11. “…we’re going to stop buying you, and we’re going to bitch up enough of a storm so that others stop buying you too — including editors! And we’re going to get you banned from cons! Because you’re not wanted in the SF community anymore!”

    And yet the people you name still appear to have thriving careers. They still seem to get invited to cons. They still seem to be very much a part of the SF community.

    It’s not about permission. You describe “these people” as police, but police have the authority to enforce rules. All these people have the ability to do is express their displeasure. Sure, some of them are much louder than others. And sure, they can try to persuade others … just like you do here here, presumably hoping to persuade others to your viewpoint.

    PC McCarthyism? Seriously? When you show me how this “mob” is getting people arrested, how authors are required to pass loyalty checks or else be dismissed by their publishers, how people are ending up in jail for expressing these opinions, then I’ll agree with your use of the term. Otherwise, it’s just another example of overblown rhetoric undercutting what you’re trying to say.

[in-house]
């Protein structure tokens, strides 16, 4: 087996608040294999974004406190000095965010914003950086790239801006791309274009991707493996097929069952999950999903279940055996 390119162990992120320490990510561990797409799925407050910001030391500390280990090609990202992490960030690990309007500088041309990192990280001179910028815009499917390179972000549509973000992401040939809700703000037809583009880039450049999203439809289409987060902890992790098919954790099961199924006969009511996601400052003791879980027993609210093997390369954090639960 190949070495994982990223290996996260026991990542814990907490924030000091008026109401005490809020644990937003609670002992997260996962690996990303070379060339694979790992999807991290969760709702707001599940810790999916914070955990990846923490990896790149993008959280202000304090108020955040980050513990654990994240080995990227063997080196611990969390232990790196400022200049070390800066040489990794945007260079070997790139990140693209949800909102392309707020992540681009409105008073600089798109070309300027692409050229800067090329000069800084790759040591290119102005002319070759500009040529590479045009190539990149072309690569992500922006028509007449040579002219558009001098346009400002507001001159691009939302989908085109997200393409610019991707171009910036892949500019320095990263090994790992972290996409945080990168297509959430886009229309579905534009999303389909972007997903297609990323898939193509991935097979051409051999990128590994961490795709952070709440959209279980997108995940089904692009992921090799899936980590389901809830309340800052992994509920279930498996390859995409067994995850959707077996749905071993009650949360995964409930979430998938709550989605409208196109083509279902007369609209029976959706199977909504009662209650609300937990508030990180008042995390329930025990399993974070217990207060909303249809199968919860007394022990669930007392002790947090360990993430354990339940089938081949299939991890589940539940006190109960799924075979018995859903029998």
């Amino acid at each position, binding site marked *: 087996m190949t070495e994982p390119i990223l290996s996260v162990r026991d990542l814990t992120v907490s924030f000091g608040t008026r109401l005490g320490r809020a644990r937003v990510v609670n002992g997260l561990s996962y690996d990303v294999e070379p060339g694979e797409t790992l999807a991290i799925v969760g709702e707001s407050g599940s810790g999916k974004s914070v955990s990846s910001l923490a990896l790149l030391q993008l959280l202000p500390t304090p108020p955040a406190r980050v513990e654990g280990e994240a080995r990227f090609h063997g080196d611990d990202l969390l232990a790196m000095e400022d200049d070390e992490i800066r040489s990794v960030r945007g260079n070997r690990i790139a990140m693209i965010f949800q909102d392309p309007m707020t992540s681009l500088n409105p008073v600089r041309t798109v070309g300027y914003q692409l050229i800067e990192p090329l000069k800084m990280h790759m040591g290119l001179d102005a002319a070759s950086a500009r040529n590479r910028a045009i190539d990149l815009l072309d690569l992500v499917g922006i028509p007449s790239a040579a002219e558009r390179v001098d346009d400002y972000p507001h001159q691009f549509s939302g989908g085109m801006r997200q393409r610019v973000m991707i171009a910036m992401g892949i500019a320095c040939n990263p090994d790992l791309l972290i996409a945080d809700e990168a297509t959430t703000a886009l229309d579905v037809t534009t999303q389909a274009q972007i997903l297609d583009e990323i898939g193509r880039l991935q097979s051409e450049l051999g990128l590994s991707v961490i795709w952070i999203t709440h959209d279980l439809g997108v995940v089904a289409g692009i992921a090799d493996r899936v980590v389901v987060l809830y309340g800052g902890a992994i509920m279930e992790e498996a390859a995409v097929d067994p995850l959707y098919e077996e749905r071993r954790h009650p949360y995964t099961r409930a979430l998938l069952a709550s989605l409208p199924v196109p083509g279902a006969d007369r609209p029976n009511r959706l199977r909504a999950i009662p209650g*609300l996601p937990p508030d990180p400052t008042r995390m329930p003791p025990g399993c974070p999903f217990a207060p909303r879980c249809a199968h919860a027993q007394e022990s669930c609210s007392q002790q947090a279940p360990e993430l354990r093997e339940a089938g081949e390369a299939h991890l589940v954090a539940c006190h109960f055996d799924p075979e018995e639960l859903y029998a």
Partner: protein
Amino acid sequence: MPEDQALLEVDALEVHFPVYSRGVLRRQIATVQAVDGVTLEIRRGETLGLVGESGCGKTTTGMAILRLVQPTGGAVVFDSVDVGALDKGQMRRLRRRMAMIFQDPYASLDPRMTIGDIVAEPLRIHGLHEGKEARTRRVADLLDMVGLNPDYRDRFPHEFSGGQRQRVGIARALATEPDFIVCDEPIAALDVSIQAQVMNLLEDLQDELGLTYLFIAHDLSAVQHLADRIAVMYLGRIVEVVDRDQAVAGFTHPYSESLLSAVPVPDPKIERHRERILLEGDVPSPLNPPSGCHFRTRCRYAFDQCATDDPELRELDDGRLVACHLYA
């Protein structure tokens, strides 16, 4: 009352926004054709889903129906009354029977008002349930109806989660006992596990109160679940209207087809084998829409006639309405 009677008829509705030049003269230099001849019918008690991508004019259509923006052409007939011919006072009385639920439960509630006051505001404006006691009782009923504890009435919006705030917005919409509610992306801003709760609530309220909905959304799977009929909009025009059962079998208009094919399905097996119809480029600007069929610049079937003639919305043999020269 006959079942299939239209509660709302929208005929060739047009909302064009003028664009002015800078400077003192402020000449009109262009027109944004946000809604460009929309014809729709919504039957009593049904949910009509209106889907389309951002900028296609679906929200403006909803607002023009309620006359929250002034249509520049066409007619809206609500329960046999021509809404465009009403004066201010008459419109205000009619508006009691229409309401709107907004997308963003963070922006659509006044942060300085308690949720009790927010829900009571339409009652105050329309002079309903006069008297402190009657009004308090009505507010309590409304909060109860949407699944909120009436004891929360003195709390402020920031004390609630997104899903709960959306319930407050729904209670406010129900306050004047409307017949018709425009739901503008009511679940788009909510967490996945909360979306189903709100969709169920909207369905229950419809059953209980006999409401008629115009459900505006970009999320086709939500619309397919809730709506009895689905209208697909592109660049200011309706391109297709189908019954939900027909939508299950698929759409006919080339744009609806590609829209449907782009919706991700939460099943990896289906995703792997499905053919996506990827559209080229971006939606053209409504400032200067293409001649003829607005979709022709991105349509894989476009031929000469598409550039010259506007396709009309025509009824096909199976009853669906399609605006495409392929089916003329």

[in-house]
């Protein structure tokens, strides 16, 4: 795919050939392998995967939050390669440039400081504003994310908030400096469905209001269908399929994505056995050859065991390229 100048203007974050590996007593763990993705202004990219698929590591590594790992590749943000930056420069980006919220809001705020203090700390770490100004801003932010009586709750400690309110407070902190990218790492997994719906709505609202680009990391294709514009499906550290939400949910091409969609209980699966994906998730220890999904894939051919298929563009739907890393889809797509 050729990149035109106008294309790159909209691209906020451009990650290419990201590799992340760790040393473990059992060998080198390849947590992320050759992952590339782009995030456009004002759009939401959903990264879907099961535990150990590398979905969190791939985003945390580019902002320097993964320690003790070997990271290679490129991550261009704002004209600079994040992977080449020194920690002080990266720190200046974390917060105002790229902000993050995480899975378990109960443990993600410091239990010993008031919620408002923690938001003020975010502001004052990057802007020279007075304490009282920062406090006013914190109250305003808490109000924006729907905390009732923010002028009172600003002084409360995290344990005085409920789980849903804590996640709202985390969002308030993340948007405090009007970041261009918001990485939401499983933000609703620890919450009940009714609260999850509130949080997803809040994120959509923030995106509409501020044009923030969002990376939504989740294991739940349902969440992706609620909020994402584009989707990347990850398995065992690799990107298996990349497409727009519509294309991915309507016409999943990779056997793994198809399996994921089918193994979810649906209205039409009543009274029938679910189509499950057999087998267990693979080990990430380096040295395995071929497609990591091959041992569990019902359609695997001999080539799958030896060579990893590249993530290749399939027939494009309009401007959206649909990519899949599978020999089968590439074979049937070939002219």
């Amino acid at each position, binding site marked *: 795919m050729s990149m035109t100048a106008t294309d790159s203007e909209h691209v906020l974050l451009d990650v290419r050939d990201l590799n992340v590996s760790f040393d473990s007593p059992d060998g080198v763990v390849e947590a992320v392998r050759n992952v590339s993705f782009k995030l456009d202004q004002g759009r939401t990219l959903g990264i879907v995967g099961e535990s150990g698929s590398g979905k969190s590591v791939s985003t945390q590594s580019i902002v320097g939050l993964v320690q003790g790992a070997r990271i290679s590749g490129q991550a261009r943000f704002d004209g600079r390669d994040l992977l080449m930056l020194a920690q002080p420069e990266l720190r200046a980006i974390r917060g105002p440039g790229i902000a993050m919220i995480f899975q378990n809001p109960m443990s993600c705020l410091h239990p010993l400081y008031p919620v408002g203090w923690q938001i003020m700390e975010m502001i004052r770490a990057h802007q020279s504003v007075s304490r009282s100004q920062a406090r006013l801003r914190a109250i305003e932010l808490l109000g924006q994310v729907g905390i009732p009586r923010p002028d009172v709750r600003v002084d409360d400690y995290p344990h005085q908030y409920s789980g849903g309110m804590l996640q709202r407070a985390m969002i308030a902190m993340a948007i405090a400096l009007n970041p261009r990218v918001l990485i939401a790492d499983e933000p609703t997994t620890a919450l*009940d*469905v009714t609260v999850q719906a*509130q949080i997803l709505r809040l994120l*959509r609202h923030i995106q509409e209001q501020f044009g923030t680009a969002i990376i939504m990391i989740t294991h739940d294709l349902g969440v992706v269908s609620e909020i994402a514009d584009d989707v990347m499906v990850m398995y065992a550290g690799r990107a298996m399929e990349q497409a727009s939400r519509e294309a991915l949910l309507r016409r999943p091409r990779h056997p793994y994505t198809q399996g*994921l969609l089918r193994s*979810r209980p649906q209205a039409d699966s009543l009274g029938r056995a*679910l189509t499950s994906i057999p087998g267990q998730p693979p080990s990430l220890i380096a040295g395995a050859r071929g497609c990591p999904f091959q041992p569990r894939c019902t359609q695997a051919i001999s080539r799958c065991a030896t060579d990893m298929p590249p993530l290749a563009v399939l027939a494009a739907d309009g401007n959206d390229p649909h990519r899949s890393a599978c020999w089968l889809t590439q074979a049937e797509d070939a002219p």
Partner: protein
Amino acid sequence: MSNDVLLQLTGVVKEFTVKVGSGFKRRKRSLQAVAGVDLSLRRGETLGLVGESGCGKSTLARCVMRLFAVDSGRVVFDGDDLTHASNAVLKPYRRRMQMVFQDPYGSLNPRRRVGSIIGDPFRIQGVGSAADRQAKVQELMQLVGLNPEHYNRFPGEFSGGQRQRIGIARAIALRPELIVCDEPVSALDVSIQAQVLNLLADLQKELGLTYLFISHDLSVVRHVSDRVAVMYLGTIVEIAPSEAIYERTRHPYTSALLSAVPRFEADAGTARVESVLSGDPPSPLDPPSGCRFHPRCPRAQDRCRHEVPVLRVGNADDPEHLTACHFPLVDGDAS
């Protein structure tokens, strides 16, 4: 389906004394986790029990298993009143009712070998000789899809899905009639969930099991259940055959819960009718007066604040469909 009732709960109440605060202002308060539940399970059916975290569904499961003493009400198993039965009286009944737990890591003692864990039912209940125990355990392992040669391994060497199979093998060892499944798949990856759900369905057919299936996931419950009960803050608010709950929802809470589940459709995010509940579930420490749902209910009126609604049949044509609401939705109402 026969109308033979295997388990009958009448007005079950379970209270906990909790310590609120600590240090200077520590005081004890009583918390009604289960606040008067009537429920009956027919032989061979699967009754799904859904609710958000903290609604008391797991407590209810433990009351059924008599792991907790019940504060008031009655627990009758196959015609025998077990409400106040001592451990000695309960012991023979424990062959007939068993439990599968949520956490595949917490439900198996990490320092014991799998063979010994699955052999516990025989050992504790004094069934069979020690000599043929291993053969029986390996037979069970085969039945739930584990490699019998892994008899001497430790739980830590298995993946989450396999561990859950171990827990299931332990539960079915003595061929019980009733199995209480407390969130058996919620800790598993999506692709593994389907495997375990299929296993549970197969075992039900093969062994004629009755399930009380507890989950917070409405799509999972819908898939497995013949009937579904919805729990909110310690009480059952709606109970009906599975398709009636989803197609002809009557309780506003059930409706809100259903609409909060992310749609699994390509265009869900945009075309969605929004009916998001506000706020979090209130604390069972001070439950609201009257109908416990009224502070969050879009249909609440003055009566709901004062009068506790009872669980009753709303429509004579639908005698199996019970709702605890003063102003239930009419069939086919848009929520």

12. Jim,

    It remains to be seen how much damage this group of self-assigned Correctors can do to their targets. My hope is that nothing lasting comes of it, but then again accusing someone of racism isn’t much better than accusing them of child molestation. And some of these Correctors have significant coteries of fans, who are more than willing to hop on the bandwagon of righteous chastisement, and begin doling out lashes to the guilty.

    If the word McCarthyism is too hyperbolic for you, then what word would you use to describe people who routinely make trumped up, baseless accusations without any evidence? Accusations which are 100% political in motivation? If there is a synonym for McCarthyism that suits your tastes better, I’d be happy to apply it. Because baseless politically-motivated accusation is all this crowd seems capable of.

    Moon is just the latest target for serial slagging. I am sure the Correctors will pick a new target soon. Some unfortunate writer will have his or her blog post parsed and cherry picked, a controversy will be manufactured, and the targeted author will be character assassinated. That’s the MO.

    If it were just nameless fans doing it, I’d probably not care so much. My blood gets hot because other authors are slagging other authors. And at least one editor is slagging authors too, from what I have seen — people who should know better, yet have somehow convinced themselves that it’s their place to police the rest of us on what we can and cannot say.

    Disagreement is one thing. Being convicted in the kangaroo court of public opinion is another.